Thursday, December 17, 2009

Farmer's Market - Montserrat, Spain

Pete and I took a day trip to Montserrat, which literally means the "Serrated Mountain" in Catalan. It's famous for its jagged rock formations and also for its monastery that houses the statue of the Black Virgin. It attracts pilgrims and tourists in droves. We happened to be there on a Sunday so we were able to see the mass and hear Europe's oldest boys' choir perform, which was a special treat. Here's a little snippet of their performance.

Afterwards, we walked around the small town and did our own pilgrimage, or in my case, the food pilgrimage. In any pilgrimage, a lot can be learned from observing your fellow pilgrims. In Montserrat, I noticed that a lot of people were entering the supermarket and coming out with these large paper envelopes.

This supermarket/souvenir shop had all sorts of chocolates, turrons and food items. The majority of the crowd, however, was hovered over the bakery section, as if the Black Virgin was there herself. Turns out the commotion was about a sugary, flat bread called coques. My curiosity was peaked and I had to buy one. These things were literally flying off the shelves and people were walking out of the shop with 3 to 4 packages each. I had high hopes, but it tasted like regular bread to me with sugar on top. Am I missing something here? Maybe it's better if you toast it?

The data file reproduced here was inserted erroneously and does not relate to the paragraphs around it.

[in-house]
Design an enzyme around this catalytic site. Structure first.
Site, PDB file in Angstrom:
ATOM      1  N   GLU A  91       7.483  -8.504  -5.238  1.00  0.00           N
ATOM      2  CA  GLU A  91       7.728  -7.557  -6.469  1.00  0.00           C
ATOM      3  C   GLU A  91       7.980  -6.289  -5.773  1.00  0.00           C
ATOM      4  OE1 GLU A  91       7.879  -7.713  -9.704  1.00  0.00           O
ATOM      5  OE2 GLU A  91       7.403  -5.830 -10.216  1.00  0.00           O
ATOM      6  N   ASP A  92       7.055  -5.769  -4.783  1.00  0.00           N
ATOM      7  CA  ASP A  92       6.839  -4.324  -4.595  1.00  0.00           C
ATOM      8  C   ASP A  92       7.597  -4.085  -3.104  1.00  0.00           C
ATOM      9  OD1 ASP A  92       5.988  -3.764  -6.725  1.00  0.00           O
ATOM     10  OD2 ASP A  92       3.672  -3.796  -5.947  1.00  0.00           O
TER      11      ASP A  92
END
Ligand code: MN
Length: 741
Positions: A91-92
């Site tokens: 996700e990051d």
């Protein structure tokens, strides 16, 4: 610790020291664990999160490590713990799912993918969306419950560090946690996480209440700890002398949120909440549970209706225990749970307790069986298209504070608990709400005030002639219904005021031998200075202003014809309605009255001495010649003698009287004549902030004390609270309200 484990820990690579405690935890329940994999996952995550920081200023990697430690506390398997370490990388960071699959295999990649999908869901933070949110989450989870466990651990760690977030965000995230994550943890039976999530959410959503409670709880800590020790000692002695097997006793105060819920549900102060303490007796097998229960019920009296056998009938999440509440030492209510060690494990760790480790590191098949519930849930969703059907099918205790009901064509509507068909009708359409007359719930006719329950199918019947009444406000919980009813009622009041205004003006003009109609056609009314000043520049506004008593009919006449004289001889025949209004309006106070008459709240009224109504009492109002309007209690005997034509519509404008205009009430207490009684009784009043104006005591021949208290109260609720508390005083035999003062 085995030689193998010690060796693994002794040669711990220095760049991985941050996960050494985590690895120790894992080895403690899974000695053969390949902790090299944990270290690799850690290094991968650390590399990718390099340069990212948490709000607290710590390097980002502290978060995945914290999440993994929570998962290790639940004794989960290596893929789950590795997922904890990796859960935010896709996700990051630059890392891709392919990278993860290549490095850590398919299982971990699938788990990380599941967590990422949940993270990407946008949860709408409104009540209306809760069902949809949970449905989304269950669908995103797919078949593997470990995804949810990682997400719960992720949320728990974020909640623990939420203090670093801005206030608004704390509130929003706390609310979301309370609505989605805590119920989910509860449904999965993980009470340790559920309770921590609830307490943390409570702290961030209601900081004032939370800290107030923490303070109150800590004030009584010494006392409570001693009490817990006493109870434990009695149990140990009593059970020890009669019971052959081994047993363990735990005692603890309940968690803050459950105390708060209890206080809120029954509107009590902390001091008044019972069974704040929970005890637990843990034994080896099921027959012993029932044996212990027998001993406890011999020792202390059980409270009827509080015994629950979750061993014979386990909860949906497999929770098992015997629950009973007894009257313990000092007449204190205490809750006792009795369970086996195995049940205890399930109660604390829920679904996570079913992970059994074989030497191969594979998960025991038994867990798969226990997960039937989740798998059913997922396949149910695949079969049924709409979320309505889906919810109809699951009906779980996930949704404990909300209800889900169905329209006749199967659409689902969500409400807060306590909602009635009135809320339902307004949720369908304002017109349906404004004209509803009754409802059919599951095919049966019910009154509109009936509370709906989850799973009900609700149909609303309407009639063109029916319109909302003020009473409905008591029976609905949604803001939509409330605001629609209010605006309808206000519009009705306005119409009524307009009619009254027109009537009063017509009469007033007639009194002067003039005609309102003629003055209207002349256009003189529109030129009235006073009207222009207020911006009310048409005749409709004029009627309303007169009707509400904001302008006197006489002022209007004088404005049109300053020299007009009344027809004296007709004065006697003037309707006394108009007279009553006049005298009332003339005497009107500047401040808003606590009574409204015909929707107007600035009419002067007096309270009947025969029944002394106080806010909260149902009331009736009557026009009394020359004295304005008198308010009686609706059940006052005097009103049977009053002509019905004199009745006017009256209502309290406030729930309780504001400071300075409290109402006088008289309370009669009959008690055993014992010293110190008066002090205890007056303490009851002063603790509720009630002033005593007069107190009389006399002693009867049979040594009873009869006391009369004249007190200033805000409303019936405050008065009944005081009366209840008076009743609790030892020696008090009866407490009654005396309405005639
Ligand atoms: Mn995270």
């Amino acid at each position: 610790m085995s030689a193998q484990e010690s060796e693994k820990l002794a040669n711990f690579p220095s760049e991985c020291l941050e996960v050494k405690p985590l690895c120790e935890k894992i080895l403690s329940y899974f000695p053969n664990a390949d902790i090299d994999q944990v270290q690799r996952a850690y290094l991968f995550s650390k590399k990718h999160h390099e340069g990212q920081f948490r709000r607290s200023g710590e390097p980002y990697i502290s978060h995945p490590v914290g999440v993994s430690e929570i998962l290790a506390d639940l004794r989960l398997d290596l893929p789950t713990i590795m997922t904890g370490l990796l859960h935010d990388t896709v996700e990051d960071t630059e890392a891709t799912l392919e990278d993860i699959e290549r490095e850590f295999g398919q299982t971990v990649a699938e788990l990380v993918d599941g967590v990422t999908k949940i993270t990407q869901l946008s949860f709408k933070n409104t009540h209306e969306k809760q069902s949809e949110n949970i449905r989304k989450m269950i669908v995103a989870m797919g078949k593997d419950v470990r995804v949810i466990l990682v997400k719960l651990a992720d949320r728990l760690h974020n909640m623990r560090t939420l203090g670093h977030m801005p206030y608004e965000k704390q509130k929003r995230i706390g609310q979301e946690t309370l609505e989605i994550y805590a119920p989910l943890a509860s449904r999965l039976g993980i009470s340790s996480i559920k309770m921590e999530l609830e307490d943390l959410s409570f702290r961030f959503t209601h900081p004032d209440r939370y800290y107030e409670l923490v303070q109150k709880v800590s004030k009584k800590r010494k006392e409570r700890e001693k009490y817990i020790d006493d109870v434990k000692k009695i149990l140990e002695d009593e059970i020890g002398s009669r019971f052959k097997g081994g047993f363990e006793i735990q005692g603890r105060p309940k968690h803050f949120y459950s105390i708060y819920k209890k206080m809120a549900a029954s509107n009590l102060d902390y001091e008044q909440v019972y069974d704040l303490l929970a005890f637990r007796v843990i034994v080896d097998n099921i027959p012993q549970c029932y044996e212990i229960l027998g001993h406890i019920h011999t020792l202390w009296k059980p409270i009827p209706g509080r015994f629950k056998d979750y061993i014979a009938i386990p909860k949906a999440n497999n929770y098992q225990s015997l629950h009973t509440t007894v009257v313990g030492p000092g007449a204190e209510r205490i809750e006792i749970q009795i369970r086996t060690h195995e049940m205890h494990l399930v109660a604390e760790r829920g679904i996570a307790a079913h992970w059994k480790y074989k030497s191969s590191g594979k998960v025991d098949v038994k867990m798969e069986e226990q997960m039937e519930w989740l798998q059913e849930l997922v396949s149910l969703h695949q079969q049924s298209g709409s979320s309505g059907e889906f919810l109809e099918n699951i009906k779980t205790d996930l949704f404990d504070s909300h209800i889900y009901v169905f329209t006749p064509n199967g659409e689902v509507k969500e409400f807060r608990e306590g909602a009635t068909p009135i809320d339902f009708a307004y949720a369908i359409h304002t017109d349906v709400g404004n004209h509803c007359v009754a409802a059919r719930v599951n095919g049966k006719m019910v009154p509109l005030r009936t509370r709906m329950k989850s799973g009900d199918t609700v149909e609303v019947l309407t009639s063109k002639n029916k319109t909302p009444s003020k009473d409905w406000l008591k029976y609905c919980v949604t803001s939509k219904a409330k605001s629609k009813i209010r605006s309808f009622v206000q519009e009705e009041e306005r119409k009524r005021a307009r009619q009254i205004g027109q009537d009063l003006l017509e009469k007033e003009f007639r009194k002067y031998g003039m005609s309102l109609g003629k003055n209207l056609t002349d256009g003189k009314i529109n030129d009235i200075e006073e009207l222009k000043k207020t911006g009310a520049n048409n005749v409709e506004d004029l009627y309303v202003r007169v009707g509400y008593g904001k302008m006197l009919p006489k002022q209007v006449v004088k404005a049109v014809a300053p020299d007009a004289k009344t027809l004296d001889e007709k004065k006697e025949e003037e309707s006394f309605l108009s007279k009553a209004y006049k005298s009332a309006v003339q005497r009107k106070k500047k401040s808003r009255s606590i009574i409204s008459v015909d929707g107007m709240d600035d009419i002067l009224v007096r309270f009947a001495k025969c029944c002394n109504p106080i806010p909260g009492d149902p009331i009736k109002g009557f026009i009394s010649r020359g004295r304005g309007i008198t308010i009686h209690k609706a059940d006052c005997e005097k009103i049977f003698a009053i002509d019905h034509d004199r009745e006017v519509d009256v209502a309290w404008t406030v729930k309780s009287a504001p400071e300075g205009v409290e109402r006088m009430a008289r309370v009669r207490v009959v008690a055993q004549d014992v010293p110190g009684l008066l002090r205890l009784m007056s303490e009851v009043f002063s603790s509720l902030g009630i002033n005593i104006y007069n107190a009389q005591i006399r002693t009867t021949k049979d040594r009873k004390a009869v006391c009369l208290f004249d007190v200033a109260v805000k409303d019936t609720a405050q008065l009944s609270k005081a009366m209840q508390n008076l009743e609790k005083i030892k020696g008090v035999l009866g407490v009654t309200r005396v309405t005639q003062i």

While waiting for my number to be called, I eyed gigantic rochers as well. I am in love with the rochers at Tartine Bakery in SF and it's not every day you come across a rocher, in Spain of all places too. So I tried one. They were full of whole hazelnuts, which is good, but also very crumbly, which is bad. They were not as chewy as the ones at Tartine. In retrospect, I'm glad I didn't love these, otherwise I'd have to take a cable car up a mountain in Spain to get these goodies every time, whereas SF is just a short flight away. hehe.
We also walked along a farmer's market where they were selling cheese, like this mato, which I had with some honey earlier in the day. Apparently, the mato from Montserrat is famous.
The hard cheeses here are supposed to be amazing as well. They were giving out samples so I tried a bunch and they were delish.
Jewel like jars of honey.
If only I had more room in my bag, I'm sure I would have smuggled some honey back home. Now that I think about it, do bees even live up in Montserrat? I'm such a sucker for cute packaging. You could sell me a rock with a ribbon on it and I'd buy it.

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